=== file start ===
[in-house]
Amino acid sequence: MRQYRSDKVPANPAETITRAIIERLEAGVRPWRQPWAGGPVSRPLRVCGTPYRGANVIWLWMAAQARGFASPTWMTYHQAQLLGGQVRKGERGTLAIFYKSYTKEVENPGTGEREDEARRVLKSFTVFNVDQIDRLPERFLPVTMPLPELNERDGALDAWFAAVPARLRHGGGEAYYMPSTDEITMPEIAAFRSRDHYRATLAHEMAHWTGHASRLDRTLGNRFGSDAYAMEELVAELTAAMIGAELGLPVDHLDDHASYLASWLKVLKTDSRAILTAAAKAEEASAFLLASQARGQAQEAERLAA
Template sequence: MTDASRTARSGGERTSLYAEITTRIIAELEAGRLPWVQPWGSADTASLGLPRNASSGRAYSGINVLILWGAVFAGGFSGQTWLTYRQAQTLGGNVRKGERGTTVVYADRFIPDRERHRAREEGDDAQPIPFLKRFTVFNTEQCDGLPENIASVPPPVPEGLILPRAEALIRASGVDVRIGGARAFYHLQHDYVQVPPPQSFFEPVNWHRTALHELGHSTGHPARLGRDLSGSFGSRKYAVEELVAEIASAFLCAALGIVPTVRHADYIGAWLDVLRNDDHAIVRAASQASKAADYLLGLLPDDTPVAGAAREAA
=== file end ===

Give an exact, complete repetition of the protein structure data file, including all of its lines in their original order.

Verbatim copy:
[in-house]
Amino acid sequence: MRQYRSDKVPANPAETITRAIIERLEAGVRPWRQPWAGGPVSRPLRVCGTPYRGANVIWLWMAAQARGFASPTWMTYHQAQLLGGQVRKGERGTLAIFYKSYTKEVENPGTGEREDEARRVLKSFTVFNVDQIDRLPERFLPVTMPLPELNERDGALDAWFAAVPARLRHGGGEAYYMPSTDEITMPEIAAFRSRDHYRATLAHEMAHWTGHASRLDRTLGNRFGSDAYAMEELVAELTAAMIGAELGLPVDHLDDHASYLASWLKVLKTDSRAILTAAAKAEEASAFLLASQARGQAQEAERLAA
Template sequence: MTDASRTARSGGERTSLYAEITTRIIAELEAGRLPWVQPWGSADTASLGLPRNASSGRAYSGINVLILWGAVFAGGFSGQTWLTYRQAQTLGGNVRKGERGTTVVYADRFIPDRERHRAREEGDDAQPIPFLKRFTVFNTEQCDGLPENIASVPPPVPEGLILPRAEALIRASGVDVRIGGARAFYHLQHDYVQVPPPQSFFEPVNWHRTALHELGHSTGHPARLGRDLSGSFGSRKYAVEELVAEIASAFLCAALGIVPTVRHADYIGAWLDVLRNDDHAIVRAASQASKAADYLLGLLPDDTPVAGAAREAA